CDC Issues ‘Conditional Sailing Order’ and Ends The ‘No Sail Order’ For Cruise Ships

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The Disney Dream cruise ship docked at Castaway Cay.

It looks like the CDC has finally ended the no sail order for the cruise industry, however, it has set up a framework with a Conditional Sailing Order using a phased reopening approach for operations in U.S. waters. This new order will go into effect on November 1st and will be for crews only initially. Passenger travel will not happen yet.

Note, this is phased and will not be an overnight reopening. Don’t expect it to all start up immediately.

According to the Disney Cruise Line Blog this is what it states:

This Order shall remain in effect until the earliest of:

  • The expiration of the Secretary of Health and Human Services’ declaration that COVID-19 constitutes a public health emergency,
  • The CDC Director rescinds or modifies the order based on specific public health or other considerations, or
  • November 1, 2021.

The Centers for Disease Control and Prevention (CDC), a component of the U.S. Department of Health and Human Services (HHS), announces this framework for a phased resumption of cruise ship passenger operations. Considering the continued spread of COVID-19 worldwide and increased risk of COVID-19 on cruise ships, a careful approach is needed to safely resume cruise ship passenger operations. CDC is establishing requirements to mitigate the COVID-19 risk to passengers and crew, prevent the further spread of COVID-19 from cruise ships into U.S. communities, and protect public health and safety. After expiration of CDC’s No Sail Order (NSO) on October 31, 2020, CDC will take a phased approach to resuming cruise ship passenger operations in U.S. waters.

The initial phases will consist of testing and additional safeguards for crew members. CDC will ensure cruise ship operators have adequate health and safety protections for crew members while these cruise ship operators build the laboratory capacity needed to test future passengers. Subsequent phases will include simulated voyages to test cruise ship operators’ ability to mitigate COVID-19 risk, certification for ships that meet specific requirements, and a phased return to cruise ship passenger voyages in a manner that mitigates COVID-19 risk among passengers, crew members, and U.S. communities. These phases are subject to change based on public health considerations and cruise ship operators’ demonstrated ability to mitigate COVID- 19 risk. CDC will issue additional orders as needed that will be published in the Federal Register and technical instructions that will be subsequently posted on CDC’s website.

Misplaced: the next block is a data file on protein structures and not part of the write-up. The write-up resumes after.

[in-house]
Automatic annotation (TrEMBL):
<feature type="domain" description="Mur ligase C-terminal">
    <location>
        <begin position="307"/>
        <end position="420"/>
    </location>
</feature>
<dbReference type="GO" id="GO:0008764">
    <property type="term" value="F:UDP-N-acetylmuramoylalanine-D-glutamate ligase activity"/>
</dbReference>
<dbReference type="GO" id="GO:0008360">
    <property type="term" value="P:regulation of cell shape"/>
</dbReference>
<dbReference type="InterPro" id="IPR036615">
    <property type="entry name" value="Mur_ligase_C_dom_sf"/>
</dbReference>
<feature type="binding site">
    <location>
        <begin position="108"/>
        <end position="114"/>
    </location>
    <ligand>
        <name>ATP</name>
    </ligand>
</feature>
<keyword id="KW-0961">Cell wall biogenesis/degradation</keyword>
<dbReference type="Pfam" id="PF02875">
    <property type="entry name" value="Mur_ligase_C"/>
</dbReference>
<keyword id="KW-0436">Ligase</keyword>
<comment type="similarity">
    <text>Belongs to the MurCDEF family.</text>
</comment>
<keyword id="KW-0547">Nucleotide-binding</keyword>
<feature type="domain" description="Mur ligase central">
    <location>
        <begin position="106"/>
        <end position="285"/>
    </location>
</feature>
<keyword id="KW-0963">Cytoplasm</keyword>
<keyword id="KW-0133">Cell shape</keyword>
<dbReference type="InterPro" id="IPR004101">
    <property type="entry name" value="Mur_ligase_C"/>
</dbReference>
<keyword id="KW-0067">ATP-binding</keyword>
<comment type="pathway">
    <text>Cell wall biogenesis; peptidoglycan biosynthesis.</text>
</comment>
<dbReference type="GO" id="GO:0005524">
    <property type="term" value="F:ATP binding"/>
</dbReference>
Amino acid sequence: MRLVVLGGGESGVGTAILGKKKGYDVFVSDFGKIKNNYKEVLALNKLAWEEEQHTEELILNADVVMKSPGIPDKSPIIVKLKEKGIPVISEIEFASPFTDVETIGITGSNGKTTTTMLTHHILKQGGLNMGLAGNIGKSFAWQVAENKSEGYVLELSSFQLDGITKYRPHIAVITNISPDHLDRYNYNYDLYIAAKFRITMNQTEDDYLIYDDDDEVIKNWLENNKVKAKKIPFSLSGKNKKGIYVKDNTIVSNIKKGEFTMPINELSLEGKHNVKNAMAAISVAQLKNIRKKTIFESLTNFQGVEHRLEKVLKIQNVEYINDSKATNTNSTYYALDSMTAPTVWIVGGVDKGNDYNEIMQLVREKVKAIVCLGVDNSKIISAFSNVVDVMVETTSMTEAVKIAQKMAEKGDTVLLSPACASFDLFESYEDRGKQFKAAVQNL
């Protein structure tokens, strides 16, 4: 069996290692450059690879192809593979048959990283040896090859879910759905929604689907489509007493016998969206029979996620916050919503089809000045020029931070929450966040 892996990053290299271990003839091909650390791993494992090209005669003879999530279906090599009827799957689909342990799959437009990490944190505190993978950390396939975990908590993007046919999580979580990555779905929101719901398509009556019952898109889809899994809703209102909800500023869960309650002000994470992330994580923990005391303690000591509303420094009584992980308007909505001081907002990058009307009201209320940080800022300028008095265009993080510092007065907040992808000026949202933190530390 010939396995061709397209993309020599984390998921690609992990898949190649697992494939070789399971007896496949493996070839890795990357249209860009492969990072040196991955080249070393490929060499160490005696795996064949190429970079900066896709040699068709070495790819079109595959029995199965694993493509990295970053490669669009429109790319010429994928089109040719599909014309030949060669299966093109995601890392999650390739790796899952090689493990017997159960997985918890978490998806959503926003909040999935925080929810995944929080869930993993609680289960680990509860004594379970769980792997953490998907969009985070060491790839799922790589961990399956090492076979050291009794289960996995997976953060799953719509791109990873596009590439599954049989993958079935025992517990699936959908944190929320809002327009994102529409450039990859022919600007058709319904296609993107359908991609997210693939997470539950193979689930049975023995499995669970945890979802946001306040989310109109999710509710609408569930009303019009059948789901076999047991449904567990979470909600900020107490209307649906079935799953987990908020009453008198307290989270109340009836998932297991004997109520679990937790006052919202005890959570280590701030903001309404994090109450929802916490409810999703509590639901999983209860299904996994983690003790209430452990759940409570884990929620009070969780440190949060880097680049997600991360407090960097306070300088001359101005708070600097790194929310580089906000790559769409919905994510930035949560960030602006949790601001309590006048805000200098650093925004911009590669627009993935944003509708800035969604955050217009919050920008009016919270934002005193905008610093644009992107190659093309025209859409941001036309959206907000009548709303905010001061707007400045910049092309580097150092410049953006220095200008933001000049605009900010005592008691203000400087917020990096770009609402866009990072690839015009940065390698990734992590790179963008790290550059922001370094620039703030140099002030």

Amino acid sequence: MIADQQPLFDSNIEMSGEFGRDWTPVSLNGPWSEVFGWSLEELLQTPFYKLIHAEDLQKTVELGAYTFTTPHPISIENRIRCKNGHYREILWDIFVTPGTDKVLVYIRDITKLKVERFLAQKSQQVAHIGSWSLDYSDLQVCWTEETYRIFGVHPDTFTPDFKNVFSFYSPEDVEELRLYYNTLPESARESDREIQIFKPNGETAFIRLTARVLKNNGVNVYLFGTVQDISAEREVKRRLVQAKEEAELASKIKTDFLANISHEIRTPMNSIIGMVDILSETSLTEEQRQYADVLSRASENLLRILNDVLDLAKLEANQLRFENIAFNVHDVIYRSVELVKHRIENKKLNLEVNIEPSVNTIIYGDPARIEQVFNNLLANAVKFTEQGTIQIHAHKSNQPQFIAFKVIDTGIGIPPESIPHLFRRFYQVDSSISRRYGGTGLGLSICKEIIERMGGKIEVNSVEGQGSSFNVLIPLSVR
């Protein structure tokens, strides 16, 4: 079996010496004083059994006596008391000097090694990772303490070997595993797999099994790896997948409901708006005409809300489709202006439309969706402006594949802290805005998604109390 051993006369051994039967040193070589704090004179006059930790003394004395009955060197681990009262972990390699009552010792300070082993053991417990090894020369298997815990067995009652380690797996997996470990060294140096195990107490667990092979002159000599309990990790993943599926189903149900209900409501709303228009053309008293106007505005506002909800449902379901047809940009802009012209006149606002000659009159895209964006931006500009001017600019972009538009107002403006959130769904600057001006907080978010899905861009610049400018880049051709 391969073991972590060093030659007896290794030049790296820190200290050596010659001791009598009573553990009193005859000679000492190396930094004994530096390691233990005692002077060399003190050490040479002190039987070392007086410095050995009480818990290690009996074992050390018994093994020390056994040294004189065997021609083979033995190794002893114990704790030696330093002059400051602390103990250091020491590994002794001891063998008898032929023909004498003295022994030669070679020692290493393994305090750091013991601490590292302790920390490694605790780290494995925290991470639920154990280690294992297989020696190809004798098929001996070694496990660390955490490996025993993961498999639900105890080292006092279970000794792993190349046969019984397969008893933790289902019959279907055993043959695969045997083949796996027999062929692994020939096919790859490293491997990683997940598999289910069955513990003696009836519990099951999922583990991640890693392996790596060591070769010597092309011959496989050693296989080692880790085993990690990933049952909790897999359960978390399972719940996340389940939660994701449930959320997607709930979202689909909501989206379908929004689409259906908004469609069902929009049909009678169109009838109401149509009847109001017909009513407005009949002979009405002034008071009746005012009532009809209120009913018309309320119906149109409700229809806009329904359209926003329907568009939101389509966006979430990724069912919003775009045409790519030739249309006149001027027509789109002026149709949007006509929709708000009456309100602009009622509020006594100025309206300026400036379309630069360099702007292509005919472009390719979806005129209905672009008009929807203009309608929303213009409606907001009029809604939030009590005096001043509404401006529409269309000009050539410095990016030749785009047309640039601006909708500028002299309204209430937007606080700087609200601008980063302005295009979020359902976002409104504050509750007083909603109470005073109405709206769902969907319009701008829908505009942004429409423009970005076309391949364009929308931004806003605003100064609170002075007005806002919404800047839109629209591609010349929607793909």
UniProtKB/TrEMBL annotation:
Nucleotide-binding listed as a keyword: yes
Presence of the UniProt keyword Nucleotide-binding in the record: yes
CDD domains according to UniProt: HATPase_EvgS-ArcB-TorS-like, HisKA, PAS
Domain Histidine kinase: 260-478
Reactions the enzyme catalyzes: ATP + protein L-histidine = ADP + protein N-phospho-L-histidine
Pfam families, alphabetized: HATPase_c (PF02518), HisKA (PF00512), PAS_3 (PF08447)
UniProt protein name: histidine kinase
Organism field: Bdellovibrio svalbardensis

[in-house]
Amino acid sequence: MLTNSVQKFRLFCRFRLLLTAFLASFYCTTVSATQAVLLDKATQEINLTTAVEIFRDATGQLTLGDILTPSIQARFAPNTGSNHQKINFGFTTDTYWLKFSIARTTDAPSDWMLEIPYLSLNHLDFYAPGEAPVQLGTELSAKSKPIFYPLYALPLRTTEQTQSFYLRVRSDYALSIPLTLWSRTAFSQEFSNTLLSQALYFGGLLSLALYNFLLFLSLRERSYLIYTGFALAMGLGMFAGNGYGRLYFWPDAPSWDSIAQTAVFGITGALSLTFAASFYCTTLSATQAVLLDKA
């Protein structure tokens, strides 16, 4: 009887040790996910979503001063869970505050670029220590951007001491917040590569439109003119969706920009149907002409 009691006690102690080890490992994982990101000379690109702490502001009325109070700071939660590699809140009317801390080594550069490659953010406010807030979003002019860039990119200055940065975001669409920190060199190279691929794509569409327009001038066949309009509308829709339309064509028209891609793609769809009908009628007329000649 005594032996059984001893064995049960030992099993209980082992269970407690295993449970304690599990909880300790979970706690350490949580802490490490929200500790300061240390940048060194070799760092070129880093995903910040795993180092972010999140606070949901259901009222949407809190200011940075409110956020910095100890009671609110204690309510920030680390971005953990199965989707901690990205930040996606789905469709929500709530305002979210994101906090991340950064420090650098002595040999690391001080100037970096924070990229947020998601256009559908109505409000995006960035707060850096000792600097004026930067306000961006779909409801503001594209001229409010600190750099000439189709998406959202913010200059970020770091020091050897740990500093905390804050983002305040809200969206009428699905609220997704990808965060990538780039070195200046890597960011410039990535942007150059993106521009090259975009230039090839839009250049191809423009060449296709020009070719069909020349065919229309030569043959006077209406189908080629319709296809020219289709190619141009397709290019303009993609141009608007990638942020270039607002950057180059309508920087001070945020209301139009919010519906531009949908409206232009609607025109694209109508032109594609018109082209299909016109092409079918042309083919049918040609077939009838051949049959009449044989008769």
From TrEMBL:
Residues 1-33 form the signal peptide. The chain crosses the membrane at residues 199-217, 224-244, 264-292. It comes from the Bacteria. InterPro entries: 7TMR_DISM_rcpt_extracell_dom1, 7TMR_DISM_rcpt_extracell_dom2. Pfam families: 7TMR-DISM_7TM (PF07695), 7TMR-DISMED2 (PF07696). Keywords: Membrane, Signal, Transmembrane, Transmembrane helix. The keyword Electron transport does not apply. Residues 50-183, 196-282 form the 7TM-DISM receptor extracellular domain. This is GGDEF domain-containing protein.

This Order additionally announces requirements for the initial phases relating to crew testing. CDC considers adequate crew safeguards as demonstrated through laboratory testing for SARS coronavirus 2 (SARS-CoV-2), the virus that causes COVID-19, an integral part of the initial phases prior to resuming passenger operations.”

The initial phase will just be testing and safety checks to make sure the crew is protected. Then they have to go through simulated voyages and testing and the final phase before passengers will be certification measures.

According to the CDC Director for the Division of Global Migration and Quarantine, Martin Cetron, the initial phase will be crew only.

This measure is to “to ensure adequate safety and health protocols through a series of mock voyages with volunteers who will play the role of passengers.”

Real passengers are not yet planned for sailings yet. Martin continued:

Considering the continued spread of covid-19 worldwide and increased risk of covid-19 on cruise ships, a careful approach is needed to safely resume cruise ship passenger operations,. After expiration of CDC’s No Sail Order (NSO) on October 31, 2020, CDC will take a phased approach to resuming cruise ship passenger operations in U.S. waters.”

The expiration date, unless changed or cancelled, for the “Conditional Sailing Order” will be November 1, 2021.

This could take awhile, so please be patient as it’s a way forward but not a quick reopening.

What do you think? Comment and let us know.

Source: Disney Cruise Line Blog, Washington Post


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